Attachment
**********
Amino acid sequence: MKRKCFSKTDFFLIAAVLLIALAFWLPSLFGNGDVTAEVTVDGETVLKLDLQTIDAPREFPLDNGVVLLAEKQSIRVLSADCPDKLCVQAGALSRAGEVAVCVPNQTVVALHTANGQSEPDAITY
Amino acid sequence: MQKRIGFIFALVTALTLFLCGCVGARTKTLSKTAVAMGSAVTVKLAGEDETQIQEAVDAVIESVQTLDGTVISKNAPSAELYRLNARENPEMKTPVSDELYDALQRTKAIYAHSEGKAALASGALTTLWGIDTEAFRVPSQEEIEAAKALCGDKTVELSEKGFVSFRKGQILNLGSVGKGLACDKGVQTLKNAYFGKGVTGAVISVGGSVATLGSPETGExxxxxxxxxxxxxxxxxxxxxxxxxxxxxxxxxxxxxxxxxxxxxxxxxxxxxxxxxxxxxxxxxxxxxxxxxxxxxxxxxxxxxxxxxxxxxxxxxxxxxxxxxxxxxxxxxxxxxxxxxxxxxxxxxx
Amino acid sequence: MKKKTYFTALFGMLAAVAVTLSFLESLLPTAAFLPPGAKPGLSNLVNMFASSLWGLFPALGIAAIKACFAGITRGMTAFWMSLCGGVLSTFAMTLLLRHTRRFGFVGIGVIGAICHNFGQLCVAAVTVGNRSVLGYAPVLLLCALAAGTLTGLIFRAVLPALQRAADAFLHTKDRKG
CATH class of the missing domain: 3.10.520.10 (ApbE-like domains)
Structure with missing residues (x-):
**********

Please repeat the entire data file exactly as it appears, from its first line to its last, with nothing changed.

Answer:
Amino acid sequence: MKRKCFSKTDFFLIAAVLLIALAFWLPSLFGNGDVTAEVTVDGETVLKLDLQTIDAPREFPLDNGVVLLAEKQSIRVLSADCPDKLCVQAGALSRAGEVAVCVPNQTVVALHTANGQSEPDAITY
Amino acid sequence: MQKRIGFIFALVTALTLFLCGCVGARTKTLSKTAVAMGSAVTVKLAGEDETQIQEAVDAVIESVQTLDGTVISKNAPSAELYRLNARENPEMKTPVSDELYDALQRTKAIYAHSEGKAALASGALTTLWGIDTEAFRVPSQEEIEAAKALCGDKTVELSEKGFVSFRKGQILNLGSVGKGLACDKGVQTLKNAYFGKGVTGAVISVGGSVATLGSPETGExxxxxxxxxxxxxxxxxxxxxxxxxxxxxxxxxxxxxxxxxxxxxxxxxxxxxxxxxxxxxxxxxxxxxxxxxxxxxxxxxxxxxxxxxxxxxxxxxxxxxxxxxxxxxxxxxxxxxxxxxxxxxxxxxx
Amino acid sequence: MKKKTYFTALFGMLAAVAVTLSFLESLLPTAAFLPPGAKPGLSNLVNMFASSLWGLFPALGIAAIKACFAGITRGMTAFWMSLCGGVLSTFAMTLLLRHTRRFGFVGIGVIGAICHNFGQLCVAAVTVGNRSVLGYAPVLLLCALAAGTLTGLIFRAVLPALQRAADAFLHTKDRKG
CATH class of the missing domain: 3.10.520.10 (ApbE-like domains)
Structure with missing residues (x-):